Ever since man first took to the skies in powered aircraft, pilots and aviation engineers have sought to overcome challenges and push perceived boundaries as technology developed. One of the much debated challenges back in the early 1940s was whether it was possible for an aircraft to travel fast enough to break the sound barrier. On October 14, 1947, legendary pilot Chuck Yeager proved it was indeed possible when he pushed the Bell X-1 he was flying to Mach 1.06 (1,100 km/h; 700 mph) going down in history as the first pilot to break the sound barrier.
Nicknamed Glamorous Glennis in honor of Yeager’s wife, the Bell X-1 was built by the Bell Aircraft Company under the direction of a joint supersonic research project run by the National Advisory Committee for Aeronautics, the US Army Forces and the US Air Force. The concept for the airplane was developed in 1944 and it was built the following year. The fuselage of the X-1 was shaped like a 0.5-calibre machine gun bullet for stability and the thin wings were designed to reduce drag. As it was only later discovered that the swept-wing design is more efficient for speed, the X-1’s wings were at a 90 degree angle to the fuselage. The pilot was seated inside a confined cockpit in the nose, behind a sloped, framed window, and the airplane was powered by a single XLR-11 engine running on liquid oxygen, alcohol and water.
On the historic sound barrier breaking flight, the supersonic Bell X-1 was drop-launched from a B-29 Superfortress bomber airplane at an altitude of 23,000 feet (7,000 meters), where it quickly climbed to its test altitude of 43,000 feet (13,000 meters) and proceeded to break the sound barrier before landing on a dry lake bed. In recognition of their achievement, the 1948 Collier Trophy was awarded jointly to Larry Bell of Bell Aircraft, Captain Charles “Chuck” Yeager, and John Stack of the National Advisory Committee for Aeronautics.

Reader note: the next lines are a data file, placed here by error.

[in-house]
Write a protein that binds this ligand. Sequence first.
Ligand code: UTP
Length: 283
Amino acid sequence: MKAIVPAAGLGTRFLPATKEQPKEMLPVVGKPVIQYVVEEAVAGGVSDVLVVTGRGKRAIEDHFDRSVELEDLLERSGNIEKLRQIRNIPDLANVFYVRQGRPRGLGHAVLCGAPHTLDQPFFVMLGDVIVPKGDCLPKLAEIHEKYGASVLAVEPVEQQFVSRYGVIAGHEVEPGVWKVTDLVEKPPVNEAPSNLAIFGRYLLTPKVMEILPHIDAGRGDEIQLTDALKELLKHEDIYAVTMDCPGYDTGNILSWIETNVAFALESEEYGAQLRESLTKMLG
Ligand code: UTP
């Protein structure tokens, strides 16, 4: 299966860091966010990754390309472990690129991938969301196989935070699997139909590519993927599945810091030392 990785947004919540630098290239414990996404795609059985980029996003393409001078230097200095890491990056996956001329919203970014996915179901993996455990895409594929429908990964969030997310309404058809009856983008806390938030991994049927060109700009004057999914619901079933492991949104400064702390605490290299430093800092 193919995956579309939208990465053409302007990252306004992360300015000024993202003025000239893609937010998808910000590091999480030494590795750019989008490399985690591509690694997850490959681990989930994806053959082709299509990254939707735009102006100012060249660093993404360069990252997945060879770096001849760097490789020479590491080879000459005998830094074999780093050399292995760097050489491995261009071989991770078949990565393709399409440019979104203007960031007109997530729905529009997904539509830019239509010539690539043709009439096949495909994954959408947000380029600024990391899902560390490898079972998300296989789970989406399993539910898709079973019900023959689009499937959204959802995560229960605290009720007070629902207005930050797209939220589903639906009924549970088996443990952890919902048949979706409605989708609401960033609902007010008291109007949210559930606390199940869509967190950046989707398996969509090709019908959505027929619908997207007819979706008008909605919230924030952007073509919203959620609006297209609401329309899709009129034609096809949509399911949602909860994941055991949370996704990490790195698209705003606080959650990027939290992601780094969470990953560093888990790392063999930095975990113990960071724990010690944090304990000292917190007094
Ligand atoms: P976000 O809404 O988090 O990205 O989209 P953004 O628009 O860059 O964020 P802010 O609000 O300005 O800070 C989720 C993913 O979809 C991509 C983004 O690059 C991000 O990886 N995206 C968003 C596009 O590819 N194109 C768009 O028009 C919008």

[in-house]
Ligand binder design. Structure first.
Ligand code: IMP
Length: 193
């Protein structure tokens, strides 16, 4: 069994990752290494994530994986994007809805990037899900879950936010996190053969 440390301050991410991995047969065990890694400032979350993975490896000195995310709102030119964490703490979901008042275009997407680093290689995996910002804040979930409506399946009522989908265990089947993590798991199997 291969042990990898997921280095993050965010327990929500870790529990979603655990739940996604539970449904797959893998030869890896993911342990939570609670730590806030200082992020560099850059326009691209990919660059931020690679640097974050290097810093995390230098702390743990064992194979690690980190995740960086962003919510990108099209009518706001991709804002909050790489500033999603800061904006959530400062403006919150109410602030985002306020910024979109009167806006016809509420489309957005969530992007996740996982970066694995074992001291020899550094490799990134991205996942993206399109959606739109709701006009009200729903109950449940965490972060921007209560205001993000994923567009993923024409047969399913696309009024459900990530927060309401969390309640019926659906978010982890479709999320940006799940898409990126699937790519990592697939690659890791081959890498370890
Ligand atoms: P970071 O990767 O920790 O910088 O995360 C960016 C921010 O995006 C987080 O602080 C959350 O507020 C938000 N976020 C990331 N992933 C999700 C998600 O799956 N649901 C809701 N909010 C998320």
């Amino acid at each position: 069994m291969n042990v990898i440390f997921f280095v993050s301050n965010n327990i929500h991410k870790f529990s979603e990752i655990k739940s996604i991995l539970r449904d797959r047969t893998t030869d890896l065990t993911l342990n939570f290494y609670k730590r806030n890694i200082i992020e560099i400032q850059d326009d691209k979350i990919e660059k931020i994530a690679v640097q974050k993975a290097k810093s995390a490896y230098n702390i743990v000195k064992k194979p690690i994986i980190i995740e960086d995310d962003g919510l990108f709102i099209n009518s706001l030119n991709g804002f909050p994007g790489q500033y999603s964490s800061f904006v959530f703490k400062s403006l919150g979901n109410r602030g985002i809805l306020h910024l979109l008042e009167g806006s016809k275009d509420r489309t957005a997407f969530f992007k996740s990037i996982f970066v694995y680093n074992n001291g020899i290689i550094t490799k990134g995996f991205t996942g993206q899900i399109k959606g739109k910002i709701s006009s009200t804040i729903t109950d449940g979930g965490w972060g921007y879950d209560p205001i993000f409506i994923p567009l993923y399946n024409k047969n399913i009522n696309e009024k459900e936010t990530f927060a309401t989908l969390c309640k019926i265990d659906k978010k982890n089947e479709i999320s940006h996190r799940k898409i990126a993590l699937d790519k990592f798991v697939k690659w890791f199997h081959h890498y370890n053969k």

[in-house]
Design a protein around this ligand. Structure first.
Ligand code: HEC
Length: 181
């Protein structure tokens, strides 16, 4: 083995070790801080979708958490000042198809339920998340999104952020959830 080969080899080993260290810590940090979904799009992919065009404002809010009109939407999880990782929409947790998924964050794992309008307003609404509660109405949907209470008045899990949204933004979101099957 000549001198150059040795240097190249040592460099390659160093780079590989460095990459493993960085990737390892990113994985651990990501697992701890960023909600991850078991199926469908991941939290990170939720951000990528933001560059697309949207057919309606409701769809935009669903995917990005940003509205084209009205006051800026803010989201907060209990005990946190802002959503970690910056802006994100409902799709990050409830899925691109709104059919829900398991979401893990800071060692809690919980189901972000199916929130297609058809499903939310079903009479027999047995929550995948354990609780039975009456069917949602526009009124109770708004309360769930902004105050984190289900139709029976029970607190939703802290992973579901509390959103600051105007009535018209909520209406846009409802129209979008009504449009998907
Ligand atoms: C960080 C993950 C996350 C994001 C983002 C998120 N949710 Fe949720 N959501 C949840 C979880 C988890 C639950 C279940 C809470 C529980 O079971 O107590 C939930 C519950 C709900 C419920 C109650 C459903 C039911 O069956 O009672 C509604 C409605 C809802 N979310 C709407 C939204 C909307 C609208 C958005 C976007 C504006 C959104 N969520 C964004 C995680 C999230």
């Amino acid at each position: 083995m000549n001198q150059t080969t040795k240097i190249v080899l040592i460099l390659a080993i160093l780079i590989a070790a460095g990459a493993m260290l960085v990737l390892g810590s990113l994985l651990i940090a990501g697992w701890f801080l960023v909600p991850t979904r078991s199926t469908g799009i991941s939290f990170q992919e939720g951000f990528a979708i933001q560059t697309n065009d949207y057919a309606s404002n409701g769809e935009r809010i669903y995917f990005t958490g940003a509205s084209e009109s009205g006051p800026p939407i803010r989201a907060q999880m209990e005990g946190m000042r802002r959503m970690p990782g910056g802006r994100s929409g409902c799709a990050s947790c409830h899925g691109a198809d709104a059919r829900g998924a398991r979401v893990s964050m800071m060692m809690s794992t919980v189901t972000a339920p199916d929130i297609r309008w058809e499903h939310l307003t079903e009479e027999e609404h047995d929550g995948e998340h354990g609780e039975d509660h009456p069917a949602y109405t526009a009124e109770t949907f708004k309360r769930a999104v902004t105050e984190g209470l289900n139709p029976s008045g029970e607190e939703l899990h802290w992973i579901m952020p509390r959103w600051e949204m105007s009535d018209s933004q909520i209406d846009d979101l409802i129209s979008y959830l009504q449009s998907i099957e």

As the first in the so-called X-planes, the X-1 set the pattern for future projects, with data collected during its test flights providing essential information for later aircraft designs.
Known primarily for his significant contributions to aviation technology, Leonard Michael Greene (1918-2006) was an American inventor who held over two-hundred patents. Many of Greene’s patents are related to aviation, with one of the most noteworthy being his Aircraft Stall Warning device which, as the name suggests, warns pilots of imminent aerodynamic stall. This is where the critical angle of attack, typically around 15 degrees, of the foil is exceeded resulting in a sudden reduction in lift. The warning device makes pilots aware that the airflow over the wings is not providing lift, allowing them to take the necessary action.
Greene’s invention was prompted by his witnessing an aircraft crash caused by stall when he was working as an aerodynamicist and engineering test pilot for Grumman Aircraft Corporation during World War II. At that time aerodynamic stalls were the cause of the majority of aviation accidents deaths and by the mid-1940s Greene had developed a way of warning the pilot timeously. His first warning device was powered by flashlight batteries, consisting of threaded bolts, a bicycle horn and an assortment of other components – rudimentary, but a step in the right direction. Greene filed to patent his device in 1944, with the patent being issued in 1949. In 1946, Greene founded the Safe Flight Instrument Corporation in White Plains, NY, where he developed, refined and marketed the aircraft stall warning device. The company went from strength to strength and has remained dedicated to the production of aviation safety and performance equipment for sixty years, with its principle products, many of which were invented by Greene,including FAA approved Stall Warning Systems, Angle-of-Attack Systems, Speed Control Systems, Speed Command of Attitude and Thrust (SCAT) systems, AutoPower, Airborne and Wind Shear Warning Systems and N1 Computer Systems.